Review: Striking a Chord with Cloud-Based Music Services
Streaming music services like Pandora and Slacker are a hit, but they've left consumers wanting more. Cloud-based subscription music services that allow you to play any song you like whenever you like, over and over (even that awful Barry Manilow tune you've been humming in your head) are gaining traction.
While Apple still hasn't let on what it plans to do with its recently acquired Lala music service, iTunes users are hungry for a streaming option. Recent research from NPD Group found that out of 50 million iTunes user, 13 million to 15 million would be willing to pay $10 per month for an unlimited streaming option. That translates to somewhere around $1 billion in revenue in the first year.
If and when Apple gets around to evolving iTunes with a cloud-based streaming component, there's a growing field of capable competitors already out there. Here's a look at what $10 a month will get music listeners right here and now.
Rdio (Total Advertised Catalog: 5 Million Tracks)
While not available in the United States yet, Rdio is coming soon and it offers an impressive service. We got a test drive of the service and found that the service has potential to be a full-on contender in the subscription-based music game. The company claims access to "5 million songs" for a monthly fee of anywhere from $4.99 to $9.99.
The $4.99 price tag allows users access to the online service, whereas the $9.99 service includes mobile streaming, as well as the ability to cache a certain amount of favorite music to the device for offline listening.
Through a unique UI, Rdio offers deep integration with social networks Facebook and Twitter, as well as social music service Last.FM, so you can share playlists, songs and recommendations with others. There's even a 'follow' option, similar to the way Twitter works, where you can view what people in your community are listening to.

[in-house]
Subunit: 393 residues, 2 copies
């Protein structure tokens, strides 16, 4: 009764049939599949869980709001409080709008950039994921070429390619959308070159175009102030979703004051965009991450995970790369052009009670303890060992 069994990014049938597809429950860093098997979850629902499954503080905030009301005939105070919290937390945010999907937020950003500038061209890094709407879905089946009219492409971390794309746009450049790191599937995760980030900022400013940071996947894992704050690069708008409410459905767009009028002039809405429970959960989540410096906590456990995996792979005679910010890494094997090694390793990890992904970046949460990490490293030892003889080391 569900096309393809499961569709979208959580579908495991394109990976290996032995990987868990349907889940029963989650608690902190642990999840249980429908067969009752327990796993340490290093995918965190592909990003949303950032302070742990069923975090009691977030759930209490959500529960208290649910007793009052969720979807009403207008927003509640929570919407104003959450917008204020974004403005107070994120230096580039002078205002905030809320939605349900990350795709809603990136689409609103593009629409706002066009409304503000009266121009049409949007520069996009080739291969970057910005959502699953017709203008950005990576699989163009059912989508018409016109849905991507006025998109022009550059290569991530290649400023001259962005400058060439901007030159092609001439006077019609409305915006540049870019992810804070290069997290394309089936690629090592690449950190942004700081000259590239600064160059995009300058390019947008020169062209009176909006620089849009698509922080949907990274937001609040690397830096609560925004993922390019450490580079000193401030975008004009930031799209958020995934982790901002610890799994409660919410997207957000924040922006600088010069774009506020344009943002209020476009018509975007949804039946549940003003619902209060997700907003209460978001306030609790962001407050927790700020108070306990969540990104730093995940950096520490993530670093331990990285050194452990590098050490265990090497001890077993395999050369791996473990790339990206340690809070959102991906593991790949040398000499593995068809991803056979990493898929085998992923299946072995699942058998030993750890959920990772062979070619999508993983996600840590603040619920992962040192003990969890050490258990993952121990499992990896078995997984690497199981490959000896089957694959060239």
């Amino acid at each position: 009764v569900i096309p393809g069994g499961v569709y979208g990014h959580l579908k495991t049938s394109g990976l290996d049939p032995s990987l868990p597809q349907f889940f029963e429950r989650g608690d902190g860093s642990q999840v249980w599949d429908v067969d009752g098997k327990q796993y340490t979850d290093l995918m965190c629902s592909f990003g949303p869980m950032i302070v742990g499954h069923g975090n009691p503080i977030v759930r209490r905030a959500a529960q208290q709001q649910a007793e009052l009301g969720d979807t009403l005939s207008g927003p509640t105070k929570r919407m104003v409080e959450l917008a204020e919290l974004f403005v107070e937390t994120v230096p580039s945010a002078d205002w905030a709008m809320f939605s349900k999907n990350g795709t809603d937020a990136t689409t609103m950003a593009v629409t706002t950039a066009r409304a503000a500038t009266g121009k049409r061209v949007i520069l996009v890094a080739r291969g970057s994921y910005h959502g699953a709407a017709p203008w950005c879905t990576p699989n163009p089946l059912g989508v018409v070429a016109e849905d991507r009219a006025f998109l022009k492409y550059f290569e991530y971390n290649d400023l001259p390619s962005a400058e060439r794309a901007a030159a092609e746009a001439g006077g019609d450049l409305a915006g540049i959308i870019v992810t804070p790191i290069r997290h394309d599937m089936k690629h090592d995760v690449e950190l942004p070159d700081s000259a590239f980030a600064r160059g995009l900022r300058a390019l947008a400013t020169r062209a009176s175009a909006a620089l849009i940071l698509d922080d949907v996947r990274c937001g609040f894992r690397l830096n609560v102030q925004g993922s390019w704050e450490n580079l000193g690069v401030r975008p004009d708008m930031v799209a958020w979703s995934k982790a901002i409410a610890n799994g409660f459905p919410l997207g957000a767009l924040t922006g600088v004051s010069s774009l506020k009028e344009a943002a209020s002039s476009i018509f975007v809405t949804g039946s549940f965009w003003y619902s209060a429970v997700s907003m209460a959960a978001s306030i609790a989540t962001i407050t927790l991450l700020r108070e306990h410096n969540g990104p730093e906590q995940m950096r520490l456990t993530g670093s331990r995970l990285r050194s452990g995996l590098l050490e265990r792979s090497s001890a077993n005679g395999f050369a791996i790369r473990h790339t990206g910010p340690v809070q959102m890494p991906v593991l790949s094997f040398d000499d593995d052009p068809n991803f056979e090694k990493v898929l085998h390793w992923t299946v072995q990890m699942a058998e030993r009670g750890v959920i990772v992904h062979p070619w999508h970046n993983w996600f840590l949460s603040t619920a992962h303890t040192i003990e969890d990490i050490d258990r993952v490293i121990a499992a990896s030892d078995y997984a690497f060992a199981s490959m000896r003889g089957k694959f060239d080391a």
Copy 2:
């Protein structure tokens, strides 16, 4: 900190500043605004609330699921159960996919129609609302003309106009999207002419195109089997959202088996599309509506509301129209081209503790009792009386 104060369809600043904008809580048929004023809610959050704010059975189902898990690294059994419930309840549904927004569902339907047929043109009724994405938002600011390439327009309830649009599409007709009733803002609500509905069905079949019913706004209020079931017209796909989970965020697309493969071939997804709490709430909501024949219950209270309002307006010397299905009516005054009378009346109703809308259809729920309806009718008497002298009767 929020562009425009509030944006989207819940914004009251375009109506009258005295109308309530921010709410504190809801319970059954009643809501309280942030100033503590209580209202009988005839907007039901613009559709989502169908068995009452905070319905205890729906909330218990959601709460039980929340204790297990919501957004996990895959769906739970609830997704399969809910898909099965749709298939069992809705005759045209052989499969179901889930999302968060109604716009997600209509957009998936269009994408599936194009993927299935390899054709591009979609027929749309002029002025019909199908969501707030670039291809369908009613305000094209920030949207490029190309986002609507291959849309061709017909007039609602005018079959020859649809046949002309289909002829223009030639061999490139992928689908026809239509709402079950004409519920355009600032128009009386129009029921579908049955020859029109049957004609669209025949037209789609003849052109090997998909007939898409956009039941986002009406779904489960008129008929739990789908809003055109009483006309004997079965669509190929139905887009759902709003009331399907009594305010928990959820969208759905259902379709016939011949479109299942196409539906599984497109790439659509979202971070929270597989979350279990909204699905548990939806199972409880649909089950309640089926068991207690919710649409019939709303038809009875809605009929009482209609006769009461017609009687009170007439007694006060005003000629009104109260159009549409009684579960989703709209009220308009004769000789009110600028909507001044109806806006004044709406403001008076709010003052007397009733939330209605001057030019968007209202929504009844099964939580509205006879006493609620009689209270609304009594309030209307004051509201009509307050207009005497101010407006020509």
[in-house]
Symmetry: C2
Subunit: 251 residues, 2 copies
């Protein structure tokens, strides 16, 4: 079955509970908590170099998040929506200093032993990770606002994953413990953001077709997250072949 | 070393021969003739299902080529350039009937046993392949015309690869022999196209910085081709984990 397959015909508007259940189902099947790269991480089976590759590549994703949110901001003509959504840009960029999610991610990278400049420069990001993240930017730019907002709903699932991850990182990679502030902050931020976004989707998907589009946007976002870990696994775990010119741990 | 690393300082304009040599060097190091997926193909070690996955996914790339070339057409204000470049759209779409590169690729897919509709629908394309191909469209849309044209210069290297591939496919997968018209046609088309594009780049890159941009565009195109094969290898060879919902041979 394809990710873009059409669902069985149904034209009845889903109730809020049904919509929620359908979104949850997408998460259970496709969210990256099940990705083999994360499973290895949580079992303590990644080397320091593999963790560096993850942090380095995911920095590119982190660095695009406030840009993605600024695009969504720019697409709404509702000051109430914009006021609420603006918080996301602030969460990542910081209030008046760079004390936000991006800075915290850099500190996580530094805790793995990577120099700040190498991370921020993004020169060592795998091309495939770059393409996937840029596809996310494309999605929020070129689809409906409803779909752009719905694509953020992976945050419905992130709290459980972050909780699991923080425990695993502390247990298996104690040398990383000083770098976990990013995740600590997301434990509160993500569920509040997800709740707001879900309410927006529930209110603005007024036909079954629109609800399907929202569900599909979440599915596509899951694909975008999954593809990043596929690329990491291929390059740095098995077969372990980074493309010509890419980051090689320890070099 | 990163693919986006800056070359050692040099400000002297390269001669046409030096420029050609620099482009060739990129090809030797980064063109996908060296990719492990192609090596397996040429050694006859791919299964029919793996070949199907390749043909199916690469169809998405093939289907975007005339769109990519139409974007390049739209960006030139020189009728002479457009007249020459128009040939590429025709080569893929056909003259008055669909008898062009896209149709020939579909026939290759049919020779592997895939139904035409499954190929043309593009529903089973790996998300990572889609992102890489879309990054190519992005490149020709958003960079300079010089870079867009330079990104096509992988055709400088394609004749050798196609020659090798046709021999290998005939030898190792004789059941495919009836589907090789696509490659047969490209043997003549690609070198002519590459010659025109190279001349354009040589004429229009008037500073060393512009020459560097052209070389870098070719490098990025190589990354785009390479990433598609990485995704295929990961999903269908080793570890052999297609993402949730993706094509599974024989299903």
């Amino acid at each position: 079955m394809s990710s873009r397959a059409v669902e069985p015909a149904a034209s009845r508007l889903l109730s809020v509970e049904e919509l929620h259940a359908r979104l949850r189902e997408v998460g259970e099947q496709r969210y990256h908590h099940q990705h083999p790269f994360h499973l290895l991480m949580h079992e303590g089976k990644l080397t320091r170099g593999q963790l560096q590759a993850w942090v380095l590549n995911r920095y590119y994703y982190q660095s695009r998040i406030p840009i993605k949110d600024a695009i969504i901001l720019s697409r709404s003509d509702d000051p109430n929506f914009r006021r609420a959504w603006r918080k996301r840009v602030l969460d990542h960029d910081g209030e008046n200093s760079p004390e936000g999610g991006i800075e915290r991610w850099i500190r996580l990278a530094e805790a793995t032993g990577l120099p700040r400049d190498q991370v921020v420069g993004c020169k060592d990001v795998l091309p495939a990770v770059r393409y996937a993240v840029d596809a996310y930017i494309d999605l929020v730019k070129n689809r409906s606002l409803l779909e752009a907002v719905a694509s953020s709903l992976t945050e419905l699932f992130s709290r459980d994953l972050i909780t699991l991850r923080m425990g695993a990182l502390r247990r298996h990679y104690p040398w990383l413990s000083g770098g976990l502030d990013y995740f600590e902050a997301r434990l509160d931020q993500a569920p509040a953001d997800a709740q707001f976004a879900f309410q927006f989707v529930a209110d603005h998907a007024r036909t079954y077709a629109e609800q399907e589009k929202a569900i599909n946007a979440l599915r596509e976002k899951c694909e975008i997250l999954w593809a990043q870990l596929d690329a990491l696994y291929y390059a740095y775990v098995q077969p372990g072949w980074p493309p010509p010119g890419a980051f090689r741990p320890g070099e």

While some may confess to burnout on the social networking scene, it's an interesting complement to streaming music services. When you're presented with a catalog of 5 million songs, recommendations from other listeners can be a great way to discover those diamonds in the rough you'd have otherwise missed.
Rdio currently offers apps for iPhone and BlackBerry, with an Android version on the way.
Rhapsody (Total Advertised Catalog: 9 Million Tracks)
If Rdio is the little record store around the corner, Rhapsody is the Wal-Mart of streaming music services. While Rdio can be used with just an app and an online service, Rhapsody includes a bulky, slow-moving desktop software that has tie-ins to a host of Microsoft's media software and services, as well DRM and the like. Rhapsody wants be your music hub, just like iTunes, and as a result it feels big and cumbersome and at times, limiting.
As far as discovery goes and offering at least a modicum of interaction with other listeners, Rhapsody allows users to create and submit playlists, in much the way Amazon.com allows users to create and submit reading lists. It's a far cry from the kind of unique integration seen over at Rdio but it's at least a small carrot as this behemoth goes on trying to keep stickiness to a maximum.
Note that Rhapsody does allow users to share songs by pressing a Facebook, Twitter or email icon but it is simply not the sophisticated community-building system that Rdio has in place.
While Rhapsody can at times feel like too much, it still boasts a larger catalog than some of the smaller services like Rdio, as well as a suite of other services like its own radio (similar to Pandora and Slacker), where the user can create stations by specifying an artist. Although Rdio may be a bit more of a manageable service, it's hard to argue with Rhapsody's 9 million songs. Given that Rhapsody has been around the longest, at least in the United States, they've had time to negotiate strong licensing agreements with a lot of major labels, and that means they're getting more of the new releases sooner than a new comer.
Rhapsody currently offers mobile apps for BlackBerry and iPhone and is available as a paid service through Verizon Wireless' V Cast service.
Thumbplay (Total Advertised Catalog: 8 Million Tracks)
Thumbplay has promise but lacks focus and refinement in its current beta version. While it's $9.99 per month price tag includes 8 million songs, the service as a whole is still a bit shaky, as is to be expected with any beta product. Thumbplay's only real differentiation between other services is it's attempting to closely resembled the cloud-based streaming music service that Apple has yet to conceive.